TRUE OR FALSE. Are dogs and cats “disasters” for biodiversity and the climate?

TRUE OR FALSE.  Are dogs and cats “disasters” for biodiversity and the climate?

François Gemenne, member of the IPCC, attracted the wrath of animal lovers by recalling the environmental impact of dogs and cats on LCI. However, his comments are based on scientific studies.



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A stray cat and a dog play on a street in Bangalore, India, July 19, 2022. (MANJUNATH KIRAN / AFP)

These were a few words, said in a joking tone, which caused a huge uproar. On Wednesday, December 13, François Gemenne, member of the Intergovernmental Panel on Climate Change (IPCC), was a guest of LCI, as COP28 drew to a close and resulted in an agreement calling for a gradual exit from fossil fuels. The columnist for “Zéro emission” on Franceinfo was asked to react to the broadcast of a report on cats and declared this: “Cats are a disaster for biodiversity. Dogs are a disaster for the climate.”

What hadn't he said? There SPA France shared a strong message on the social network X, formerly Twitter: “No one has yet dared to make animal lovers feel guilty. It’s done!” On the set of the show Daily on TMC, Thursday December 14, the expert even said he had received death threats from certain animal lovers. Several figures from the far right also reacted strongly. Florian Philippotpredicted by the Les Patriotes movement, denounced a supposed “anti-pet climate propaganda, in the name of 'climate', (which) is being deployed”. “How far will they go in their madness?”got annoyed Nicolas Dupont-Aignan“if we don’t stop them, they will soon stop us from breathing.”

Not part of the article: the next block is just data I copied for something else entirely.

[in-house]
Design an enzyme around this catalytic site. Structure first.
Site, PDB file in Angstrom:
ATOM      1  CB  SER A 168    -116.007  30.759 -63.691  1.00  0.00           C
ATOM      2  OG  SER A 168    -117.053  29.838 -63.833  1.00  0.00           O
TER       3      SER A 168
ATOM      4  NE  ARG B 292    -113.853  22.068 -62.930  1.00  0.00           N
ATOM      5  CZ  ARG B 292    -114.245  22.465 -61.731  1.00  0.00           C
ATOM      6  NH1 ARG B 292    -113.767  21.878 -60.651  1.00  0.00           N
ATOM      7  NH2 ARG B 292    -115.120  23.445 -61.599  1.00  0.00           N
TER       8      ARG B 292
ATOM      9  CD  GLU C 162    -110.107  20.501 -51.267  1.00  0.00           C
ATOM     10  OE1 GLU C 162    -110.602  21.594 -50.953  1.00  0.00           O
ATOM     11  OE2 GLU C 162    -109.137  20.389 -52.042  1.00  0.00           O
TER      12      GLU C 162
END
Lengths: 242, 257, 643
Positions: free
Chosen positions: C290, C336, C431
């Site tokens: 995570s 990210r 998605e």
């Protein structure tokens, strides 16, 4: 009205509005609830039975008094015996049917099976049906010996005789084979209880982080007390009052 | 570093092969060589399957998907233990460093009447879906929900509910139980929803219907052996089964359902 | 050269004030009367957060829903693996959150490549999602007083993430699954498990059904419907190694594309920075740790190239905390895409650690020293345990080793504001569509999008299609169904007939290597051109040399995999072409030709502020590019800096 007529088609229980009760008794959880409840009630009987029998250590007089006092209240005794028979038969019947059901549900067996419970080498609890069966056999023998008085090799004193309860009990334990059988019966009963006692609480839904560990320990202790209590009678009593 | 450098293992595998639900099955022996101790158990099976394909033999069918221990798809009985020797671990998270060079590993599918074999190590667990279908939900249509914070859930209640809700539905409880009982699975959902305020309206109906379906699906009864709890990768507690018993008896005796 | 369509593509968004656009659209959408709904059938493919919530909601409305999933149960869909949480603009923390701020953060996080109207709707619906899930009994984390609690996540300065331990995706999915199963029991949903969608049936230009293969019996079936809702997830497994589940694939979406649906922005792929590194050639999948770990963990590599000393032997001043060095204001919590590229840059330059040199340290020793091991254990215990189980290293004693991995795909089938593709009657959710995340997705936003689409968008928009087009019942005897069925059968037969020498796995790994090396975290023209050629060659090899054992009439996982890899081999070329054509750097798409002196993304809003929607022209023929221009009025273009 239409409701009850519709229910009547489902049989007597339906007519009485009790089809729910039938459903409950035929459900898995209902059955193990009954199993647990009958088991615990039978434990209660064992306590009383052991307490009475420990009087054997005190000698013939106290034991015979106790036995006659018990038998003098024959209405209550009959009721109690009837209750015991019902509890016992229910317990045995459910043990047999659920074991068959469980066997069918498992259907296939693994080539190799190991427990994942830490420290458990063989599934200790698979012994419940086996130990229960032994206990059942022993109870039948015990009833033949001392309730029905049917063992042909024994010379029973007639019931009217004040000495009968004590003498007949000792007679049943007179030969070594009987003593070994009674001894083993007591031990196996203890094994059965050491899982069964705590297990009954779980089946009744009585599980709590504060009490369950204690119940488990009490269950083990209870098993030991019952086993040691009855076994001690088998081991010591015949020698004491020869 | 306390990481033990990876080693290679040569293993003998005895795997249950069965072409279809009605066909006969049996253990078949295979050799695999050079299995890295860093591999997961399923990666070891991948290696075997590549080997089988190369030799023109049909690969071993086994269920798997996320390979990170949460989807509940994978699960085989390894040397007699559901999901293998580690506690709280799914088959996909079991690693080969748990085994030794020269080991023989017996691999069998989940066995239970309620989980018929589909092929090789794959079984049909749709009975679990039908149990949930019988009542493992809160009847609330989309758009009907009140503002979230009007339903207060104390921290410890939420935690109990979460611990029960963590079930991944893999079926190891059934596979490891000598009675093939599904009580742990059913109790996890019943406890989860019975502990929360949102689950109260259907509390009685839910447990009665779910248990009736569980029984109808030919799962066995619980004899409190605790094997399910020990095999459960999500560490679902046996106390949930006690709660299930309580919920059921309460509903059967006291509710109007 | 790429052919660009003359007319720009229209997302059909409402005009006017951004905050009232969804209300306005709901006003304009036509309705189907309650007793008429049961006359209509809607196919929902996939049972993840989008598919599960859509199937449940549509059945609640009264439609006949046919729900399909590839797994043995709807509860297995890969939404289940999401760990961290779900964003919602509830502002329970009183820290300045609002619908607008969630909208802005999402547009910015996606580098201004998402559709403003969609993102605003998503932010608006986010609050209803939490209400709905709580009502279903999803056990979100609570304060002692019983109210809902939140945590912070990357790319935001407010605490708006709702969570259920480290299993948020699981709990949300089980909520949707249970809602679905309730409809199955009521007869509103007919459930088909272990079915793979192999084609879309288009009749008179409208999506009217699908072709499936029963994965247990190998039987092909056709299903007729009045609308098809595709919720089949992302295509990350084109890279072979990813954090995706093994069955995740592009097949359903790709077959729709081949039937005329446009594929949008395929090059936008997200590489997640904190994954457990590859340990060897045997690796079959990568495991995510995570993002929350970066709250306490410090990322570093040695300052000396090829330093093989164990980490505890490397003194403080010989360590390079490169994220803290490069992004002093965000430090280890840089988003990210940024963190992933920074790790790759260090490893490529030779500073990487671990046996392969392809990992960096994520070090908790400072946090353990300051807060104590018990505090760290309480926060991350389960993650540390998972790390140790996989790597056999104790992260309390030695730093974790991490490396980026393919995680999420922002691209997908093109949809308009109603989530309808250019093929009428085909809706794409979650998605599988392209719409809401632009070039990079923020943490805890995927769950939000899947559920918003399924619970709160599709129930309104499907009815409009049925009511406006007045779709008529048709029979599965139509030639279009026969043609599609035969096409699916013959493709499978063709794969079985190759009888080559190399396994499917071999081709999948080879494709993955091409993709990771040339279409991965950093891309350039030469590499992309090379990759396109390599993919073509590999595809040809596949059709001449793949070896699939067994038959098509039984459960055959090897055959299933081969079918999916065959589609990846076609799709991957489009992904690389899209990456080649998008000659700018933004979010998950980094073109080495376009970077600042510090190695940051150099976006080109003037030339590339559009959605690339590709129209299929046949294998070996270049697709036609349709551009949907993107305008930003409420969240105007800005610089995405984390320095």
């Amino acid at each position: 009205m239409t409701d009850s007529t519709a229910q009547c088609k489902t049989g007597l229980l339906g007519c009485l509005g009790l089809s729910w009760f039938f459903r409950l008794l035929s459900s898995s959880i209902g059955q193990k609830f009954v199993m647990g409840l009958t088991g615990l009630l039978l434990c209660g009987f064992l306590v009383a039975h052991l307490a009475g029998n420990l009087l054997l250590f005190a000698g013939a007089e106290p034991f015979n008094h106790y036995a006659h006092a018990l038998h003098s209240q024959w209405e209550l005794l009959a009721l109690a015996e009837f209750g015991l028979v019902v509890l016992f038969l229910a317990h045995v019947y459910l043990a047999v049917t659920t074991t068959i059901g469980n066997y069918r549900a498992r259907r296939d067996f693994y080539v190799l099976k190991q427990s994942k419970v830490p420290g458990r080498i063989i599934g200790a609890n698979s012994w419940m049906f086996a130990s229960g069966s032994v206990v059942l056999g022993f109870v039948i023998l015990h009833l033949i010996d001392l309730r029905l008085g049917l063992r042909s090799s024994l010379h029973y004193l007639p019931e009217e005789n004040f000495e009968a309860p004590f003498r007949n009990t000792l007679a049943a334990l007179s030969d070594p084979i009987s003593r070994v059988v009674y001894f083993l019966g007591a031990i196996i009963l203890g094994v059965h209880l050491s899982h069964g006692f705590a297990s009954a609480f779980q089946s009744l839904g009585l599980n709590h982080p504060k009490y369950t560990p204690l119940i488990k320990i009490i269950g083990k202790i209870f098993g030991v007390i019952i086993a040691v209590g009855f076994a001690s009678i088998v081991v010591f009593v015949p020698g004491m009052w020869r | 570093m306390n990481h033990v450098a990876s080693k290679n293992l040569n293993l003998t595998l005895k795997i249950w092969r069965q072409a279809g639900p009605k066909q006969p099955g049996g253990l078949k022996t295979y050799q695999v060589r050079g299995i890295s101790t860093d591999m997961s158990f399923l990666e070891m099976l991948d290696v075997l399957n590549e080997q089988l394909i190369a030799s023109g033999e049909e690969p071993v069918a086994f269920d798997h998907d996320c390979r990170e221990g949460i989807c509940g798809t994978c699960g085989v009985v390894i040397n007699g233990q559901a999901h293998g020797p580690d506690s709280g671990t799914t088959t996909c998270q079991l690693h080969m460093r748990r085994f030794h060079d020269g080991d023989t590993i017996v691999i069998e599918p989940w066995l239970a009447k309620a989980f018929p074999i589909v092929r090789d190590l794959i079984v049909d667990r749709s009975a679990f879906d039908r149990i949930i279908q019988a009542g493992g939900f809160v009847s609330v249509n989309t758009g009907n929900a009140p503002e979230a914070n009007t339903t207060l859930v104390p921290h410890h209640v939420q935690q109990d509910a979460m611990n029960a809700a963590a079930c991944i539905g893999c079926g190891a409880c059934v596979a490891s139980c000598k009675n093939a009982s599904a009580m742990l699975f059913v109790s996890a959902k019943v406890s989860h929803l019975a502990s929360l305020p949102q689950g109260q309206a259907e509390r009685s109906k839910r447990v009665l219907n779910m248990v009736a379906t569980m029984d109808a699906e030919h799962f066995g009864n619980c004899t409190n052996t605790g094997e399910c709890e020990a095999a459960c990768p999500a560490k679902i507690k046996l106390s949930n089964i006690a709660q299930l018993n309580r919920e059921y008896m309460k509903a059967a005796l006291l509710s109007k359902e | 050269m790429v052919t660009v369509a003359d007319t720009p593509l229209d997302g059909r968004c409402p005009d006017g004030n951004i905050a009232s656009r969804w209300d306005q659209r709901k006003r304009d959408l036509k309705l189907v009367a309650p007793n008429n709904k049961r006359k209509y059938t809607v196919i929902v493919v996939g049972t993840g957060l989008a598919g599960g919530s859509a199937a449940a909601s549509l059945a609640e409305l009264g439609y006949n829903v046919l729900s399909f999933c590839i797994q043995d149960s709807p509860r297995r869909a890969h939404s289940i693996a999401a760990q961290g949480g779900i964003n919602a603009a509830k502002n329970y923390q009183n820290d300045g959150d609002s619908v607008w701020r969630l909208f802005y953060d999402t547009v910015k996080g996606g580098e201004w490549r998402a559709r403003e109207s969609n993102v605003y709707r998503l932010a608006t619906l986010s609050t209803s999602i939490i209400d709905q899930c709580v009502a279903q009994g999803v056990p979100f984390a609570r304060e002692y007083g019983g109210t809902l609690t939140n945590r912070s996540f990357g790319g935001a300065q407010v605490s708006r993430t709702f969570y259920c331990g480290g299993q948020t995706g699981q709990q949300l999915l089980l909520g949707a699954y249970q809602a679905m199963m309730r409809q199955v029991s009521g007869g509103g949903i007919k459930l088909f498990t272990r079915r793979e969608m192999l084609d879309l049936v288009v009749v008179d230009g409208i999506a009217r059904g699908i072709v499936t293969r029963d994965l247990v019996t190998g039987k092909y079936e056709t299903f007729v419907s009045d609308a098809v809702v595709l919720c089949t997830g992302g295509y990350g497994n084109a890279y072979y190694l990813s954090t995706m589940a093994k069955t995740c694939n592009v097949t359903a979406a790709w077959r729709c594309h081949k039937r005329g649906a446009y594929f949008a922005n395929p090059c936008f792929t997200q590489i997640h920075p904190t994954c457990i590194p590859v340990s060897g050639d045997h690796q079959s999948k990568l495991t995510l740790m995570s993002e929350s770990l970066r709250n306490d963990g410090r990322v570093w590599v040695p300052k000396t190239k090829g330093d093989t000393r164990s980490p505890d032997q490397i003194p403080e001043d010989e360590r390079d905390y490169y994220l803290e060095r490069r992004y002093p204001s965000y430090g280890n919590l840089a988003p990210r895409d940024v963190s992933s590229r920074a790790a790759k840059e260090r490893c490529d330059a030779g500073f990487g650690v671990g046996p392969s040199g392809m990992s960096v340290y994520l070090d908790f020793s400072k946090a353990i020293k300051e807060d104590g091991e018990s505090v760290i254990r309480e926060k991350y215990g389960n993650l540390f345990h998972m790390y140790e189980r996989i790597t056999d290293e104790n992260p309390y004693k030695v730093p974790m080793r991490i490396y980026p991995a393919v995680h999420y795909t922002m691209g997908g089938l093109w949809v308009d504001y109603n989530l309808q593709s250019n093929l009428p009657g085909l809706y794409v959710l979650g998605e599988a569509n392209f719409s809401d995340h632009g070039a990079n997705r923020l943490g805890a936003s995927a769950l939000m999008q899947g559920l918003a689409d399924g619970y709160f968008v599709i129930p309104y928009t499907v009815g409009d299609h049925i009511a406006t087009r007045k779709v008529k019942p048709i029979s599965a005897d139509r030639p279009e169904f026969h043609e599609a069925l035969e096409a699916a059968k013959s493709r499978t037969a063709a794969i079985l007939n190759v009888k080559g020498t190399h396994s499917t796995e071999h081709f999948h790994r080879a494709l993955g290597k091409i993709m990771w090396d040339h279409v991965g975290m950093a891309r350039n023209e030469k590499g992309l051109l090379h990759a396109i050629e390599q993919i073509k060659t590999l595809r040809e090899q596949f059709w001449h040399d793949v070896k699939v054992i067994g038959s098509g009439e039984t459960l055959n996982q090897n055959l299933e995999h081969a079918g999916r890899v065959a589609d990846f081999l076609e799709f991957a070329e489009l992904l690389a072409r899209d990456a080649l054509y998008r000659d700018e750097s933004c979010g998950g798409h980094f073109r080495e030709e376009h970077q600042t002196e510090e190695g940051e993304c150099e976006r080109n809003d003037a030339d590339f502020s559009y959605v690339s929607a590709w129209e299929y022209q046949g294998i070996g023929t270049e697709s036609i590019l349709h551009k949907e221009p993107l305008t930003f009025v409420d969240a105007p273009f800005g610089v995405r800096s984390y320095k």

However, François Gemenne's remarks are based on several scientific studies published over the last 15 years (and he does not at all call for killing dogs and cats).

Cats, predators of birds and small mammals

The cat is by far the most popular animal in France. Some 14.9 million felines populated the territory in 2022, according to estimates from Fediaf, the European representative of the animal food industry, more commonly known as “Pet food”. And they are indeed threats to biodiversity.

An American study published in 2013 in the journal Nature Communications estimated that cats killed between one and four billion birds each year in the United States, a median of 2.5 billion birds, and between six and 22 billion small mammals, a median of 12 billion. It nevertheless clarified that ownerless, stray or feral cats (which have returned to the wild) were the main culprits, and not domestic cats. But these stray cats are often animals abandoned by humans or descended from abandoned animals. The study concluded that it was one of the largest, if not the largest, causes of anthropogenic mortality for small American animals.

Researchers from the French National Museum of Natural History and the Royal Belgian Institute of Natural Sciences also published an article in 2019 focusing on the impact of domestic cats on bird populations. They found that between 2000 and 2015, garden bird mortality increased by at least 50%, as there were more and more cats in France and Belgium. Between 12% and 26% of bird deaths were caused by cats. “Cat-related mortality is one of the largest causes of death observed, it is of the same magnitude as bird deaths due to collisions with windows”, explained the specialists. They also called for taking into account the potential impact of cats on urban biodiversity in the management of parks and gardens.

Cats have a bigger impact in cities and islands